Dr. Hamedifar: No pharmaceutical Exhibition Has the Industrial Support that Iran Pharma Has

Dr. Haleh Hamedifar is the Chairman of CinnaGen Co. for biopharmaceutical manufacturing and research and member of the board of directors at the Syndicate of Iranian Pharmaceutical Industries. Here is an interview with her on Iran Pharma:

  • How do you think holding international exhibitions like Iran pharma can contribute to the expansion of exports in the field of health?

None of the pharmaceutical or health exhibitions that are held in the country has the industrial support that Iran Pharma has. The diversity and versatility that the pharmaceutical companies give to Iran Pharma Exhibition is by no means comparable to that of the other exhibitions.

Even exhibitions that are held in Turkey or UAE, their infrastructures and pharmaceutical industries are incomparable to Iran pharma. On the other hand, in conditions where international collaborations are expanding and the world is evaluating Iran's assets, Iran Pharma Exhibition is a great opportunity for displaying the country's pharmaceutical potentials. But I believe that any process, including this exhibition, is in need of maturation so that it can be registered in the country's calendar, like CPhI and be registered in the global calendar of all countries.

It should be noted that holding exhibitions like this or any conference or meeting with foreign investors is only beneficiary when we know exactly what we want, what are the national interests and clearly define what we want to achieve and outline our interests like the other sides of the meeting and negotiate on those terms.

Today, the war is between markets. Presence of convoys from Germany, France and Russia in our country is definitely for reaching to bigger markets and each of these countries have set goals for their presence in Iran and it is necessary that we would develop our own plan and leave our passive position so that we can understand what we want to achieve in exchange for losing this market.

  • What do you think is the most important challenge facing drug exportation in our country?

With attention to the existing potential, our country's pharmaceutical industry has control over weak markets and there is no market that is a real exportation market in the true sense of the word. Therefore, the need for exportations is sensed more than before. Unfortunately, in contradiction with developed countries of the world, Iran's major share of export and revenue is limited to oil. The oil status, however, in the world is very different from what it was; and today's conditions have proven that dependency to oil and oil revenue cannot be considered as a sustainable strategy.

Although the lifting of sanctions and the post-JCPOA era are favorable conditions for expanding the target markets, alongside these very opportunities, there lie threats too. These threats are especially directed toward companies that were not able to improve their quality in the past and now, their final price is not able to compete with similar imported products. On the other hand, there are companies that have products that are unique in the region or even the world and the post-JCPOA era is an opportunity for showcasing these products to the competitive markets all over the world. Unfortunately, in the time of the sanctions, because of the problems, financial connection was not possible and this led the exportation to face several problems. But now, there is a possibility to establish financial connection and consequently, exporting knowledge-based products. According to statistics from the year starting from winter 2013 to fall 2014, our pharmaceutical exportations market, although very high in potentials, was able to account for only 180 million dollars of the country's income and the major portion of these exports were to Afghanistan, middle Asia and Syria. Regarding the exportation of knowledge-based productions it is sufficient to say that exporting this type of pharmaceuticals can only lead to an export rate of 20 to 30 million dollars market in the first year.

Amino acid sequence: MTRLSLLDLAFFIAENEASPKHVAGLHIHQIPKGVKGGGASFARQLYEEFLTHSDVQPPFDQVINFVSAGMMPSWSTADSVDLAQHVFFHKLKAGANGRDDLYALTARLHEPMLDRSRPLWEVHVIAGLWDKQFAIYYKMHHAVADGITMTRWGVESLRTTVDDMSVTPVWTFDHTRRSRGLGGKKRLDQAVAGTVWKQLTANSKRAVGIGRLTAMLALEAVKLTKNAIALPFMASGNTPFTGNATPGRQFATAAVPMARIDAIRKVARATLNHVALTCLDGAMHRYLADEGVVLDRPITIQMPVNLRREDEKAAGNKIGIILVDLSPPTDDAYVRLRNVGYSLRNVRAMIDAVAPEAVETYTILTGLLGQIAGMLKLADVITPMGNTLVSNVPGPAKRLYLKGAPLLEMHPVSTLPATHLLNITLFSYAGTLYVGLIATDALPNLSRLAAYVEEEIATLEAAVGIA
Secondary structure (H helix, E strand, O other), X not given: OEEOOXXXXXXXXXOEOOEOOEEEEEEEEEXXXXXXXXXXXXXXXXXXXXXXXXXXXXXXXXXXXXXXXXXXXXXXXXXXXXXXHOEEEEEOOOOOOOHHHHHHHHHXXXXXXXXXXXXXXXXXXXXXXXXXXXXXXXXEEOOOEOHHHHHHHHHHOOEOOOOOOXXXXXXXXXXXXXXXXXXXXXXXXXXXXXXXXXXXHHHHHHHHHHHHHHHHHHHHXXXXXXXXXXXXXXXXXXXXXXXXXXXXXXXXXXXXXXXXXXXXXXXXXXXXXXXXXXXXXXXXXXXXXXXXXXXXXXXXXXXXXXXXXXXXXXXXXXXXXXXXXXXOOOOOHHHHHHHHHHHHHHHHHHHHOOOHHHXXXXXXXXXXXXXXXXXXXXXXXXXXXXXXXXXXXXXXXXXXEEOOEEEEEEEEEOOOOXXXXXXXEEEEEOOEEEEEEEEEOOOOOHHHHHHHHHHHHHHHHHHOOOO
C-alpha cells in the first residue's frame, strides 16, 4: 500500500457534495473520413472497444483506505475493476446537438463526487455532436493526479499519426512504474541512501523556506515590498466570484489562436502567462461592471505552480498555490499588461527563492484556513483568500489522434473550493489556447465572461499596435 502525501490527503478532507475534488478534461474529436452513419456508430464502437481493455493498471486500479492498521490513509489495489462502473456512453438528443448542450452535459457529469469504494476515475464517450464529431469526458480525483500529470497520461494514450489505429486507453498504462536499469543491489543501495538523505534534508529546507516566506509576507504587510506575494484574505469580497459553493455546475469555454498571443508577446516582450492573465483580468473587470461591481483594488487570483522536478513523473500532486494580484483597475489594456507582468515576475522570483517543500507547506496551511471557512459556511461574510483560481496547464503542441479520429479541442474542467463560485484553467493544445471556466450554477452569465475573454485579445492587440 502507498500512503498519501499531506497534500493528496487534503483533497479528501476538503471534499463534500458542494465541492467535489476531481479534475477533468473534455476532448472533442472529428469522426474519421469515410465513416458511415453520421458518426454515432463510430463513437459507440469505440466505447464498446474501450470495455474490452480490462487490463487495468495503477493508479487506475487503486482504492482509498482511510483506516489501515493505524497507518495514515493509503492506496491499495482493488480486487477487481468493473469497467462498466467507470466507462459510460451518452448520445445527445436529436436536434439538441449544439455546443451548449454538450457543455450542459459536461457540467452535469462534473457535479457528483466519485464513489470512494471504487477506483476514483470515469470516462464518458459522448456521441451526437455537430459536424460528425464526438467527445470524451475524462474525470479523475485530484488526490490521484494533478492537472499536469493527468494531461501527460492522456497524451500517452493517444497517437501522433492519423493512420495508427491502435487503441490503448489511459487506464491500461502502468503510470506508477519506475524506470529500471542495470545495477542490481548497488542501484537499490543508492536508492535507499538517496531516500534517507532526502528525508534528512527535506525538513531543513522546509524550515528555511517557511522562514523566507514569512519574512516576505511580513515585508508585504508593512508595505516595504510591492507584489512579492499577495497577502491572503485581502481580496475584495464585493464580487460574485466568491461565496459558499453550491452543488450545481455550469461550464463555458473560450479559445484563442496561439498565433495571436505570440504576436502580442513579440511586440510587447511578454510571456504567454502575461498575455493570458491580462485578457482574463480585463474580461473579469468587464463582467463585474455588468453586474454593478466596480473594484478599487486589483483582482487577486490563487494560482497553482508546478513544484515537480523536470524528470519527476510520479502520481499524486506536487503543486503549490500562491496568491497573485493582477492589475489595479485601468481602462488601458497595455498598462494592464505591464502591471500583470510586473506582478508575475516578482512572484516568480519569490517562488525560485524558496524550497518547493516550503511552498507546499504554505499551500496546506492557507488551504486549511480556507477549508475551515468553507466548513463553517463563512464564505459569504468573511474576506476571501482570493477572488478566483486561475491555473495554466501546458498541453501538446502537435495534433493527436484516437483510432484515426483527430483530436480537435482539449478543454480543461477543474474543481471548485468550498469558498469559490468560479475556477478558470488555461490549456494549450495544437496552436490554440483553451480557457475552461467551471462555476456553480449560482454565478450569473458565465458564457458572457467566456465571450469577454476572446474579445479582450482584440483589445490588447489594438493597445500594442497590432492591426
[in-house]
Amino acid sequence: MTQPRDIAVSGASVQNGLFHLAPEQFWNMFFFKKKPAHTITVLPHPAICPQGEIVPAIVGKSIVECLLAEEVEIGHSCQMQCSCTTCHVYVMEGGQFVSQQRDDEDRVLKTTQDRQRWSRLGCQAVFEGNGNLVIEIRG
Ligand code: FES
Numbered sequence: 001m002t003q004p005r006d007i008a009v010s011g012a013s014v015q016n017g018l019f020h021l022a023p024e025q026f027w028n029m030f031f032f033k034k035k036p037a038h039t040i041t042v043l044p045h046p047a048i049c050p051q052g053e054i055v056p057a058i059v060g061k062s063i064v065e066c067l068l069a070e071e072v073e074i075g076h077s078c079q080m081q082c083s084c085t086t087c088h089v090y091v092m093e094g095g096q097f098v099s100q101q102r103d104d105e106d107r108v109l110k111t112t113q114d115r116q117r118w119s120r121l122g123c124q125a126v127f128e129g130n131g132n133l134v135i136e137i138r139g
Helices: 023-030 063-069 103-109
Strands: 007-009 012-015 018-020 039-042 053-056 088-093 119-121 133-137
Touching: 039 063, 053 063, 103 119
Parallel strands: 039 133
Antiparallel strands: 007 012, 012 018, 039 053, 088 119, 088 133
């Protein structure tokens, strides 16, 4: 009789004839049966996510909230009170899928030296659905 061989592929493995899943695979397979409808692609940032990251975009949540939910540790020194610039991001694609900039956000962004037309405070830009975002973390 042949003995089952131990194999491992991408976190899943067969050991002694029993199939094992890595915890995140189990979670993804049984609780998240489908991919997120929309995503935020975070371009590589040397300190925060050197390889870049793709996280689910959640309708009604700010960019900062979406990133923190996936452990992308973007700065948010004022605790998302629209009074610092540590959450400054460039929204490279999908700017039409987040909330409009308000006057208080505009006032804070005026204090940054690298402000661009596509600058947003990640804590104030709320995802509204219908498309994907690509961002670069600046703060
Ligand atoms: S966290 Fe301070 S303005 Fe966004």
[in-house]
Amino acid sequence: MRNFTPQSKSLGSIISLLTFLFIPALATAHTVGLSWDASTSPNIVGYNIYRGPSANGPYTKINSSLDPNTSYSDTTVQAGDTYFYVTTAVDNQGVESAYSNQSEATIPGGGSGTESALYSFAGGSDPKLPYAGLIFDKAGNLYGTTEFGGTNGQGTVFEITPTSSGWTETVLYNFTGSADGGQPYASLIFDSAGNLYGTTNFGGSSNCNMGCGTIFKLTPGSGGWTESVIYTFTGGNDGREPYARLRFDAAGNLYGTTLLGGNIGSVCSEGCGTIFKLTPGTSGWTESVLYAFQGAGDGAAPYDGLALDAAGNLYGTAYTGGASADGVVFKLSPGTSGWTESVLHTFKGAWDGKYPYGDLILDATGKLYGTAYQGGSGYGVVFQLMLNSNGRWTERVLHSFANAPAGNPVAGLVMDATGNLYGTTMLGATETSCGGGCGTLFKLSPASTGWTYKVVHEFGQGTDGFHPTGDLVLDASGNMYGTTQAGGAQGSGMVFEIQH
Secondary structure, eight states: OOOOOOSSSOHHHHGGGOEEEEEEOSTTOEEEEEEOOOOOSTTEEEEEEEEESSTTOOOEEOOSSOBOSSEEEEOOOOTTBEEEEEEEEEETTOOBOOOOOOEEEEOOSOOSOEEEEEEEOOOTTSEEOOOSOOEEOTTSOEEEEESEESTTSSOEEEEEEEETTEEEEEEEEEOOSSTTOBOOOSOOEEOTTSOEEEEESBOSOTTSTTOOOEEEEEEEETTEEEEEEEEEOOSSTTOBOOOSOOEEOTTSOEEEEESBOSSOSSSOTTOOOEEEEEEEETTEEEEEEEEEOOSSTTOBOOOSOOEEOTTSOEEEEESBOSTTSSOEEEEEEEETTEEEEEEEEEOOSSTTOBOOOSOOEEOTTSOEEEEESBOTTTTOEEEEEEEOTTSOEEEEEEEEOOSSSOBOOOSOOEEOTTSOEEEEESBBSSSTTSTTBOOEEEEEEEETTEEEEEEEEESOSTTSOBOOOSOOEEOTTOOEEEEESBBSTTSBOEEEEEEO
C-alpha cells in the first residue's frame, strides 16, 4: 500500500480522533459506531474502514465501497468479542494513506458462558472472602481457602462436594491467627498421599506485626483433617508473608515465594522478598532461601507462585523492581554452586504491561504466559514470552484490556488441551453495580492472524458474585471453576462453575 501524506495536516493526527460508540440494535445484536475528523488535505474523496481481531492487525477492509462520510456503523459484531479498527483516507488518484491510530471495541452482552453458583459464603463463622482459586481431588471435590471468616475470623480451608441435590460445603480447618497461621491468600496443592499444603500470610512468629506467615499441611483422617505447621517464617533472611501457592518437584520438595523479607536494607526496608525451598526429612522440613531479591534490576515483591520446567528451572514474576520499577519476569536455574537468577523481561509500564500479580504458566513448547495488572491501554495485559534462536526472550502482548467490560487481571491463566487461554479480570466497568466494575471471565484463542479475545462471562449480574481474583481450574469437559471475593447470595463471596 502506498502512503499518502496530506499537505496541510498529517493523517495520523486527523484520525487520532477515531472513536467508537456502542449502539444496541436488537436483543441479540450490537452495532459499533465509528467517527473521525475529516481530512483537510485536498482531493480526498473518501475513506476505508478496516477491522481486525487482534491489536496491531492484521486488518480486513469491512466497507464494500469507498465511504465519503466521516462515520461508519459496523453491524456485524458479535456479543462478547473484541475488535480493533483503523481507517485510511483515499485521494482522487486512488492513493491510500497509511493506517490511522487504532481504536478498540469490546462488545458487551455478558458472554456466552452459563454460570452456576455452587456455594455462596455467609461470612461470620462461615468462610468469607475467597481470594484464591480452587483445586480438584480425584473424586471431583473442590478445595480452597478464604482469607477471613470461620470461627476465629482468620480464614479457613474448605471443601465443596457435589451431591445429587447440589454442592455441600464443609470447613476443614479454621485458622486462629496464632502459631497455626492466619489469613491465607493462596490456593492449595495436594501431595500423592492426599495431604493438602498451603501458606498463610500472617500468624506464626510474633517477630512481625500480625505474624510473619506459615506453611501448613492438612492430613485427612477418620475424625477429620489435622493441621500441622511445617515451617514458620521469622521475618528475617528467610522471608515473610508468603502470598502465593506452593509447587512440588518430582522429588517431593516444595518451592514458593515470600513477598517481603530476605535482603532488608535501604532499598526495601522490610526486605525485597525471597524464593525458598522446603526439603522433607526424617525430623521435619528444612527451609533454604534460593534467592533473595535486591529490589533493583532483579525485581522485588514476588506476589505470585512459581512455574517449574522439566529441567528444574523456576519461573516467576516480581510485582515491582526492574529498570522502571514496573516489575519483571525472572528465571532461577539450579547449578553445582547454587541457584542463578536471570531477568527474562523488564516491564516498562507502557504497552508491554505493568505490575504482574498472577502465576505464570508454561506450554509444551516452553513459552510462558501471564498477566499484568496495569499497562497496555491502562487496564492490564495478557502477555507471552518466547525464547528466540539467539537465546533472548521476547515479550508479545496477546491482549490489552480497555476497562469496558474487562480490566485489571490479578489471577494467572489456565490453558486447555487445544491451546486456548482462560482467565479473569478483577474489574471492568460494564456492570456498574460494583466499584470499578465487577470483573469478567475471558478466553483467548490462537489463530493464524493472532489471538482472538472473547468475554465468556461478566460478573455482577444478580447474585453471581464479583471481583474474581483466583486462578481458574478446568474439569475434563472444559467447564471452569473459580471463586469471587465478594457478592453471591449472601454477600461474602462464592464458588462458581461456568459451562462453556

• What are the most important guidelines for self-sufficiency in pharmaceuticals?

I am convinced that a country must be self-reliant first, rather than self-sufficient in manufacturing pharmaceuticals. The expansiveness of the connection between different countries have led the world to the point where almost no country is completely self-sufficient in the factual sense of the word. Even major industrial countries such as the United States and China are depending on imports in certain consumable products. The important principle is to keep the positive balance so that the pharmaceutical industry does not face problems whenever there are minor economic and political changes. For instance, we will reach health security only when we can localize technical knowledge and have products that are compatible with the localized technical knowledge in the country.

We remember 2014 when almost all the drugs in the pharmaceutical market except for some drugs for special diseases faced shortages or were not available due to the sudden sanctions imposed on banks. Therefore, as our pharmaceutical industry moves increasingly toward technology and technical knowledge, we will undoubtedly reach self-reliance and one of the main points of the resistive economy will be actualized. As much as we work toward establishing the cycle of conveying knowledge and obtaining it, we will both reach self-reliance and also provide more and more value added.